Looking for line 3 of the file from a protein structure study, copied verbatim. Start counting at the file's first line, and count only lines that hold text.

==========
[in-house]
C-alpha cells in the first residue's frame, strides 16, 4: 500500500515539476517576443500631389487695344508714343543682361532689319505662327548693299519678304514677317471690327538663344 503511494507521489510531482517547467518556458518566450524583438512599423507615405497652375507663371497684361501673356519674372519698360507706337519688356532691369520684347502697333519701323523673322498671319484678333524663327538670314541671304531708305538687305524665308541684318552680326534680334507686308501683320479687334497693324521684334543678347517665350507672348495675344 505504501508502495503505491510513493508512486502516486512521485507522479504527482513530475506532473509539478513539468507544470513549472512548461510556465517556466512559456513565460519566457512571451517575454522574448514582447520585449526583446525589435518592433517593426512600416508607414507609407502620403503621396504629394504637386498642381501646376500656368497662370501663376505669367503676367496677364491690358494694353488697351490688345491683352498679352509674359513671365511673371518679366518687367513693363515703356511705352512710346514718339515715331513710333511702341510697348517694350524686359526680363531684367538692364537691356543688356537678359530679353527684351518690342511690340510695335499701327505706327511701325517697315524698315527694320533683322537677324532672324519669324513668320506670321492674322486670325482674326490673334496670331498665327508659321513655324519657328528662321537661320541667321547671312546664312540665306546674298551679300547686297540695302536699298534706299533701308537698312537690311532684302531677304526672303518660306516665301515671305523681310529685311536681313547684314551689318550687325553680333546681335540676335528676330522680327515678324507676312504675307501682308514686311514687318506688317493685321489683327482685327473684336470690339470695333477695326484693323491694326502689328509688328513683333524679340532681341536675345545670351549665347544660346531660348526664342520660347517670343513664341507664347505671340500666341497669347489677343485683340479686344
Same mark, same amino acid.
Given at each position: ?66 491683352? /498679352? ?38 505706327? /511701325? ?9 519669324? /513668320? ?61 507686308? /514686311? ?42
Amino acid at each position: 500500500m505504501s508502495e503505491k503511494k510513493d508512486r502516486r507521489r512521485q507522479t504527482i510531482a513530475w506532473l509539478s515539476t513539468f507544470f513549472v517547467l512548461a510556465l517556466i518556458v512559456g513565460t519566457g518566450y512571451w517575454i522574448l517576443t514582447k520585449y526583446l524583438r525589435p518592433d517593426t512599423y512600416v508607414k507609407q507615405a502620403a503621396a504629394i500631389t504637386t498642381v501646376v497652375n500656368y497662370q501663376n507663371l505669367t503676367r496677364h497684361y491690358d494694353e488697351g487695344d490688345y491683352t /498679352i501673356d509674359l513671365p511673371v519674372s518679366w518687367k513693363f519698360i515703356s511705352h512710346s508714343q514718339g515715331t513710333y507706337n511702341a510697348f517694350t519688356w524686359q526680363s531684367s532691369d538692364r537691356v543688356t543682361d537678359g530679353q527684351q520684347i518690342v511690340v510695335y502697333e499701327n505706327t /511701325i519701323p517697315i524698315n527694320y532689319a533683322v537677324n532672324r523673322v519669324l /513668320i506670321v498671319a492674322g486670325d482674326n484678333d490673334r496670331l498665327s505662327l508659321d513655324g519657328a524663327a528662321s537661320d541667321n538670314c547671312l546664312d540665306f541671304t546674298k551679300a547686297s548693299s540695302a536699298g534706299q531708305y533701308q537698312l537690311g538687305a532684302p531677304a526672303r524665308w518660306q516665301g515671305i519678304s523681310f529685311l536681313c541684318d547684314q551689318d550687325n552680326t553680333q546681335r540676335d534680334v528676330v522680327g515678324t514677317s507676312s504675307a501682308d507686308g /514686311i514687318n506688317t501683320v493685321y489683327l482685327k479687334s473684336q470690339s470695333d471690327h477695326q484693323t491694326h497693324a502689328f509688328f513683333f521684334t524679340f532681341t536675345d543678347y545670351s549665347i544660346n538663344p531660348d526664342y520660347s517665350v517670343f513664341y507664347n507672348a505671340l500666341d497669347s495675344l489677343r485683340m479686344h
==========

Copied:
Same mark, same amino acid.